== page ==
They say cleanliness is next to godliness.
In car terms it goes hand in hand with safety.
I've received a lot of complaints here lately about cars with dirty number plates.
I've seen some myself with the numbers completely obscured by dirt.
If there's that much grime on the car itself, the chances are you've got dirty lights, windscreens etc too.
And one way or the other all of that affects the ability to see or be seen.
I'm risking being accused of being commercial on this but the comments from readers, my own observations and a message from Maxol did happen to coincide, believe it or not.
Maxol tell me they have just put together an extensive new range of items - 11 in total - designed to keep your car in not just cleaner, but safer, condition.
The range includes all sorts; you may or may not need the lot of them but I can see plenty of use around me on the road everyday for some, certainly.
There really is no excuse for streaky windows and dirty head/taillights.
* It was fascinating to hear senior Mazda people talk again about what they call their 'gramme strategy'. Basically they will go to great lengths to shave just a gramme off a car. Nothing is too small or insignificant. It all adds up - or down. Wish I could be so diligent in shedding some kgs.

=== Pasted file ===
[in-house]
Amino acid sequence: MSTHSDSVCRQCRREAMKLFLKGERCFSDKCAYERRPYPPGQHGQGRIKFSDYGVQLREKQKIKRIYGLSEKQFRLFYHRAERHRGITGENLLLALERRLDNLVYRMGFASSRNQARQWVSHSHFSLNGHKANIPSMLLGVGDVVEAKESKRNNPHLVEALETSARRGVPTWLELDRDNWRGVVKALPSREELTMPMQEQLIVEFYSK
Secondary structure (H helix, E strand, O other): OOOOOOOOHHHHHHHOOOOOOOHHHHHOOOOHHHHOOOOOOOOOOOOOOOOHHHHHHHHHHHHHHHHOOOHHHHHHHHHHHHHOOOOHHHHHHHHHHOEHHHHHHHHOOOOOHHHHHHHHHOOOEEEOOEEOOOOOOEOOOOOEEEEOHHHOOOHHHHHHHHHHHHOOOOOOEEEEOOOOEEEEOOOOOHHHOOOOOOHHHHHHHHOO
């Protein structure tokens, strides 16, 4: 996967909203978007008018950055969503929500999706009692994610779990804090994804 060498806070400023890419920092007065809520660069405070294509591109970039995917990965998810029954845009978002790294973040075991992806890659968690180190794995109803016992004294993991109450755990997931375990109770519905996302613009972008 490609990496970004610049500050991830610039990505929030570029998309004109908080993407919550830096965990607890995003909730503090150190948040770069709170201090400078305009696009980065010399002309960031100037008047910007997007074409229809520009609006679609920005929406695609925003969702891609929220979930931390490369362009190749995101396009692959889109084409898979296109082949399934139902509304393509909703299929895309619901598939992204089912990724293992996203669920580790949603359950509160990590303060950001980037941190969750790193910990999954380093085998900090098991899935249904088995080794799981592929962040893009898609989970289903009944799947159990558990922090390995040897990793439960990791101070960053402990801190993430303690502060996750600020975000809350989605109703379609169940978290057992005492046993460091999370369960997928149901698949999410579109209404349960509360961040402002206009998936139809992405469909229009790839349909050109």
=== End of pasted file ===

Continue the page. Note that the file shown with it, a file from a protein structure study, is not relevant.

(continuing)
l It is frightening how quickly everything moves in the motor business. Already they are talking about a 2018 facelift for the Ford Mustang Convertible.
It is to get a sharper new look, and the new technology and 10spd automatic transmission in the Coupé.
* Our weather is, to say the very least, changeable but you can't go changing tyres every time there's a plunge or surge in temperatures can you?
Michelin claim they have an answer to the dilemma and will soon roll out (no pun intended) 15ins to 18ins versions of their CrossClimate+ tyres.
These are designed to cope with, and counter, our changeable weather and road conditions.
Michelin say the tyres manage to combine ability for dry and wet braking in summer conditions, for example, as well as the braking and traction needed on cold, icy roads.
* Just raising a possible flag here again. It follows reports that drivers heading into the Paris region from April 1 (I don't think it's a Fools joke) could have to order an anti-pollution sticker for their windscreen online as part of a new campaign in the French capital to improve air quality.
The stickers are called 'Crit'Air' and fall into six categories - from zero emissions vehicles to diesel cars, vans or trucks.
Apparently you could be fined if not showing the sticker.
* Back to tyres. A recent investigations (by TyreSafe) found just four of the 67 used tyres inspected met legal regulations.
Of those, 58pc had defects "impairing their safety, including poor repairs, structural damage and age-related deterioration".